In the meantime, I will cry into this bucket until I outgrow it and move on.

I’m glad you’re so concerned

We went camping with some friends and were sitting around the campfire when my sixteen-year-old daughter left to use the bathroom. She was gone for a few minutes when it occurred to me that I should have gone with her. After all, it was dark; we were in the woods; the campground was relatively sprawling. Who knows what could happen in a setting like this?

Minutes passed before my daughter returned. “Did you get raped?” I asked.

She rolled her eyes in pure female fashion and exhaled in a why-am-I-cursed-with-such-a-weird-mom kinda way. “No,” she replied. “I did not get raped.”

“Well, good. I was just thinking maybe I should have gone with you. It’s dark and wooded.”

Eventually my fourteen-year-old son left to use the restroom. When he returned I was standing at the picnic table. He stood next to me and for several seconds we quietly assembled s’ mores until he commented, “I didn’t get raped either; thanks for asking.”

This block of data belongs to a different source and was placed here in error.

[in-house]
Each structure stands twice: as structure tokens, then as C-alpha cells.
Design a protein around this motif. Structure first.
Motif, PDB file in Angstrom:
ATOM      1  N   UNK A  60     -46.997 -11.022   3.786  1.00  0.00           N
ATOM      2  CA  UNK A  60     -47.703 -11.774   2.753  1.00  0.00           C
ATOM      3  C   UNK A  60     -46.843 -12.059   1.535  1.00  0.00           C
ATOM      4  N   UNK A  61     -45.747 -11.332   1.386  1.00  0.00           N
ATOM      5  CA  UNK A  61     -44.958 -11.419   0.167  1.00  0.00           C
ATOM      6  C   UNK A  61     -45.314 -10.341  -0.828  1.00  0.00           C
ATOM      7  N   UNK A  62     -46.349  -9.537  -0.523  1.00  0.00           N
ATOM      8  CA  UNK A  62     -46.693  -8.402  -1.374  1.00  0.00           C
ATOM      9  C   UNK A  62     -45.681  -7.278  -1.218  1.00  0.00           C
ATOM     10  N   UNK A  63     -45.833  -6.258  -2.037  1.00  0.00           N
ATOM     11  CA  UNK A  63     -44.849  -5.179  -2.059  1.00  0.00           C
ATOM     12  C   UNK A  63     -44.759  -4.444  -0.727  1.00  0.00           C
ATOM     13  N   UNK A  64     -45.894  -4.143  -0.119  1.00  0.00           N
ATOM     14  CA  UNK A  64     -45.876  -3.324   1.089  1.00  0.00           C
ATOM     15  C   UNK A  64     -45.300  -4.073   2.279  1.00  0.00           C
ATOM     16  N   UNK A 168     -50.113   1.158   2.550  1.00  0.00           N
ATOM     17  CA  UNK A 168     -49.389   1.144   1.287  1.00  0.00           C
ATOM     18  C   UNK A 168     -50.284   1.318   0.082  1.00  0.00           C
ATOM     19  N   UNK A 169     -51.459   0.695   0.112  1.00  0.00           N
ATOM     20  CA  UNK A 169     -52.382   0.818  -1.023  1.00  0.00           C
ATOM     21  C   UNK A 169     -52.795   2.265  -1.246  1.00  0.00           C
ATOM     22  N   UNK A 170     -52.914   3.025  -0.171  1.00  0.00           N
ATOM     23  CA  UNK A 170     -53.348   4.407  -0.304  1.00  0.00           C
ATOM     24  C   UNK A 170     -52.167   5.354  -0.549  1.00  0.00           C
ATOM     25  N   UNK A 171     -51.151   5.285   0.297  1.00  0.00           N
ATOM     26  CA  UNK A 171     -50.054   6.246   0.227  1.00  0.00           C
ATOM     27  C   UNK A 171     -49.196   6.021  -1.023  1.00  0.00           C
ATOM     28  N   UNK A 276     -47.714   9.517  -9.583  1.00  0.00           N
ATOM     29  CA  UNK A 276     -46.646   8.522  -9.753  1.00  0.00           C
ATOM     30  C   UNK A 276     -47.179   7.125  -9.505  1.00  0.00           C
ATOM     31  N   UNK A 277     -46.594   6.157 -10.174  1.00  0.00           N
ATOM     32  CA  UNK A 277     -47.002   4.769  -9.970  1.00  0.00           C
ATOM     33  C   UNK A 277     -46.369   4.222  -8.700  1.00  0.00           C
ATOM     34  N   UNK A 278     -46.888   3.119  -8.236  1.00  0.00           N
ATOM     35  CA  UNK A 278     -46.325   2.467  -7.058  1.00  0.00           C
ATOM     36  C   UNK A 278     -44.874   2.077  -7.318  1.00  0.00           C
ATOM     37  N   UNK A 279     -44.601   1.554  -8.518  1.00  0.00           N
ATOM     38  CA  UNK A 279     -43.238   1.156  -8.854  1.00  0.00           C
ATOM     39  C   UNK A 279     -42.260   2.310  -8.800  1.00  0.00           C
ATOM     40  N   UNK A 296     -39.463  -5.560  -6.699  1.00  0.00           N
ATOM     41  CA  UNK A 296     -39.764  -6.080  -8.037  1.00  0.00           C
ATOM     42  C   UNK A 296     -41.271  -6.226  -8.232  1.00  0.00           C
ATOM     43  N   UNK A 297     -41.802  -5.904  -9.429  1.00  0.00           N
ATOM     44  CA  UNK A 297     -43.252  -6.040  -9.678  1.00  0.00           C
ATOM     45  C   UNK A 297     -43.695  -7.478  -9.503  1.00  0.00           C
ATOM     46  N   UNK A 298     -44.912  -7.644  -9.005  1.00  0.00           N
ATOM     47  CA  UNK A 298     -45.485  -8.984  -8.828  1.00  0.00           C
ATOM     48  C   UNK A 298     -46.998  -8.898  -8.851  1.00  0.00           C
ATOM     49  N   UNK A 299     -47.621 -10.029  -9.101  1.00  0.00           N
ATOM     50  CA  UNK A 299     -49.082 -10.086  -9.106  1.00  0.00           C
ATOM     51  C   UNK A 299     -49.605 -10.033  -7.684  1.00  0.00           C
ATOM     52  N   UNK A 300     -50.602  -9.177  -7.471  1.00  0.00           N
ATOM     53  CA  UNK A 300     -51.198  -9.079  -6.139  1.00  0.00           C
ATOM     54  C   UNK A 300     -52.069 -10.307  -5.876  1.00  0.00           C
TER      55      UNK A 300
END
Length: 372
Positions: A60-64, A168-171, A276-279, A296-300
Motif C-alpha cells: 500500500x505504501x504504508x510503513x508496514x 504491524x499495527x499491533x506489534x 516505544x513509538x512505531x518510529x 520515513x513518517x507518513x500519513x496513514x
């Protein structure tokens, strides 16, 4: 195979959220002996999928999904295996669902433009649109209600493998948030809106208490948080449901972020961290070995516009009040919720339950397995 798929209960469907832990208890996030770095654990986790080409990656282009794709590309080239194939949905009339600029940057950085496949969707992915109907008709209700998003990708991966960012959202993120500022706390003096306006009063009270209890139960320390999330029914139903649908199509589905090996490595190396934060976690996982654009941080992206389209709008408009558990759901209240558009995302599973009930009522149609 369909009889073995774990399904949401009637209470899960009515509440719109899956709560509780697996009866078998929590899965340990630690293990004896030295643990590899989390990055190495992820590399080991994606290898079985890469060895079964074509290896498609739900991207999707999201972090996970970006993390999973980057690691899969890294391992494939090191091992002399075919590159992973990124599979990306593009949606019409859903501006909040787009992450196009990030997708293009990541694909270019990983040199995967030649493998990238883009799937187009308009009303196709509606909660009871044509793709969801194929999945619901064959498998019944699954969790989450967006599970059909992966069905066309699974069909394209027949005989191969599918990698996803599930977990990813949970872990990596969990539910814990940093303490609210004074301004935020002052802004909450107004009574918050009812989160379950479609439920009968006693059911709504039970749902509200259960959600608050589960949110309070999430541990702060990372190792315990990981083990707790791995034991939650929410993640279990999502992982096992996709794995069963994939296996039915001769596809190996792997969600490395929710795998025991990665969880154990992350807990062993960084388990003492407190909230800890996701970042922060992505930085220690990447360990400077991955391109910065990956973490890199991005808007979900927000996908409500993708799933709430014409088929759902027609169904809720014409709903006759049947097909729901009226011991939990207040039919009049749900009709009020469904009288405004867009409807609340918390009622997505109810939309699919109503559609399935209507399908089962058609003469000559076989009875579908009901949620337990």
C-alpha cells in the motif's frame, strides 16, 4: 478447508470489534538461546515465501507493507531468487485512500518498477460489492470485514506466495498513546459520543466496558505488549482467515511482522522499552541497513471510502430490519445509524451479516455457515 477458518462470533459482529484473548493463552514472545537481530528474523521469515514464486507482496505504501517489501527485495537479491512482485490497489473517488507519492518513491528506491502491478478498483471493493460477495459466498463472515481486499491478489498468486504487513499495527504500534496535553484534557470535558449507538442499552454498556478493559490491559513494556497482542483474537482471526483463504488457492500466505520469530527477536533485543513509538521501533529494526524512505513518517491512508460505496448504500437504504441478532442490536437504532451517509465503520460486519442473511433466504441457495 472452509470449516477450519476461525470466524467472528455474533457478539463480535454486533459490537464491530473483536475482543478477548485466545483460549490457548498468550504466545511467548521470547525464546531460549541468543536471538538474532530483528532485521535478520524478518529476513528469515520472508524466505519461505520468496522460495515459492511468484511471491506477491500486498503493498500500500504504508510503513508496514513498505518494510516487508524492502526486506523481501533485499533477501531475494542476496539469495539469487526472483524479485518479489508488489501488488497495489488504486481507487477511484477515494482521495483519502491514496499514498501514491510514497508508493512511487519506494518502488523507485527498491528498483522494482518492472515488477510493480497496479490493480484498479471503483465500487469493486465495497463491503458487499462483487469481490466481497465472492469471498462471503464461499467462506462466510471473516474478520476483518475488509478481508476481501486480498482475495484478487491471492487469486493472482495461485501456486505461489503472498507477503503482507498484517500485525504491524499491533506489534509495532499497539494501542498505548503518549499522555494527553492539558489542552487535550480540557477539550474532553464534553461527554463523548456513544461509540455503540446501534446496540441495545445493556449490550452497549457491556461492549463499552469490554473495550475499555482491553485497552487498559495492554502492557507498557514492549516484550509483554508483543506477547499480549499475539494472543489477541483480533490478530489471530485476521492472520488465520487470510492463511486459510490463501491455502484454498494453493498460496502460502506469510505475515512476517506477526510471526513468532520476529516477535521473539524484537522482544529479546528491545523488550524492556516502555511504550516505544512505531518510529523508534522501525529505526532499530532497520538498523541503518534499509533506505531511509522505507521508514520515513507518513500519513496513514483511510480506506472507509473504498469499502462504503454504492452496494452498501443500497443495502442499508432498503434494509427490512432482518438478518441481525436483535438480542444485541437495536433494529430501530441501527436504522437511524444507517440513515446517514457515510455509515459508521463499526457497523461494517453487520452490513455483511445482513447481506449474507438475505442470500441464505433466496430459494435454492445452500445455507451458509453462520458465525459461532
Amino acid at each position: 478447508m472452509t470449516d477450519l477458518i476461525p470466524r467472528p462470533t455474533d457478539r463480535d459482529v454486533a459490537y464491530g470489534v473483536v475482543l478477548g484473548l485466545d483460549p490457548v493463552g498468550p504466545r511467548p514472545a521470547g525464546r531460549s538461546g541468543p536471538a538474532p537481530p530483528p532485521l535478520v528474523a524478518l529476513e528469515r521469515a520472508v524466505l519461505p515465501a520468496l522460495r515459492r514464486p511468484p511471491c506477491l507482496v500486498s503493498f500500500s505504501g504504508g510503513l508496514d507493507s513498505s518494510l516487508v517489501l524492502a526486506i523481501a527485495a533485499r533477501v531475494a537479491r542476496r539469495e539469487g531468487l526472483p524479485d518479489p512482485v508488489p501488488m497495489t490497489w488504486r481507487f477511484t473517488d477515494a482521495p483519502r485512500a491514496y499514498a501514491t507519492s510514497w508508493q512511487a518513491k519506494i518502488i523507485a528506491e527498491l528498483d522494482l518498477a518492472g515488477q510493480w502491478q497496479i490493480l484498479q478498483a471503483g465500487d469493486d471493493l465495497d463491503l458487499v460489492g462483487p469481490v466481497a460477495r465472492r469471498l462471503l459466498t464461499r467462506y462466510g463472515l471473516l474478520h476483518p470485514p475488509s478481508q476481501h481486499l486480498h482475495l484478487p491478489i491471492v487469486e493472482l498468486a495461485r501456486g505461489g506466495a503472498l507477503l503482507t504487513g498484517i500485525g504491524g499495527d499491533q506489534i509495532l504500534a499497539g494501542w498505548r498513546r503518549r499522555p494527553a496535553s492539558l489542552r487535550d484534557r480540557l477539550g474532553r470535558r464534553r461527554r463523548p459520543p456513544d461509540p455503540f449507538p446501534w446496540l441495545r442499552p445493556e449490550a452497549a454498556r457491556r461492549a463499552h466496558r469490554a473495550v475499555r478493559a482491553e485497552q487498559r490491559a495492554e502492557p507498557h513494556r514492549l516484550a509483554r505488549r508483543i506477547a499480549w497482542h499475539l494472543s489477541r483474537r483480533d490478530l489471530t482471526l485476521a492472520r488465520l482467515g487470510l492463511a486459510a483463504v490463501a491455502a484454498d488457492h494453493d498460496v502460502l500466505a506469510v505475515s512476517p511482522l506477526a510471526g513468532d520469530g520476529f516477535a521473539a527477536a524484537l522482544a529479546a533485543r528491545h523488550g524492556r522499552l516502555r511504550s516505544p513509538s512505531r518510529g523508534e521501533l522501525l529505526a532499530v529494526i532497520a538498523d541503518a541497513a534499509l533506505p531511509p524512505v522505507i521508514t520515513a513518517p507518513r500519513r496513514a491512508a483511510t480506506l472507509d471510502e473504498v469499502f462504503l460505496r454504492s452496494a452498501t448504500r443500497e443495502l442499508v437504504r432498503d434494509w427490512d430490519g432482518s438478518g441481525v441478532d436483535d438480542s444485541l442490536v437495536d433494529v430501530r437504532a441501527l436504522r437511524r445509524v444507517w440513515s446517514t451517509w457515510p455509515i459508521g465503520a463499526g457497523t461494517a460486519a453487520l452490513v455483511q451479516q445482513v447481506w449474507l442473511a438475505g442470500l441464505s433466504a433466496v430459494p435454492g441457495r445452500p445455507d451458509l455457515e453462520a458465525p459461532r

I giggled.

“I’m glad you are so concerned about my rapablily,” he said. “I am highly rapable, you know.”

There’s butt talk everywhere

Because I hate the word fart and because my teenagers are too cool to use the word toot, my husband has created the term butt talk to refer to all things gaseous.

My husband and I had climbed into bed, confident that our three-year-old was fast asleep. Just as I settled into my perfect sleeping position, I heard, “Mommy . . . Mommy . . .,” from across the hall. Dragging myself up, I made the well-worn trek to my daughter’s room.

“Will you sleep with me, Mommy?”

Inside I am screaming, “Noooooooo,” but I take a deep breath and snuggle in next to her. I brush her bangs from her eyes and reach over to rub her back.

“My room stinks,” she said.

“Hmmm,” I reply, because every mother of a toddler knows that you can’t engage a three-year-old in conversation if you are trying to count the minutes until they fall back asleep.

“Yes,” she said. “It really stinks! Daddy leaves his butt talk everywhere!”

not if you’re actually being an ass hole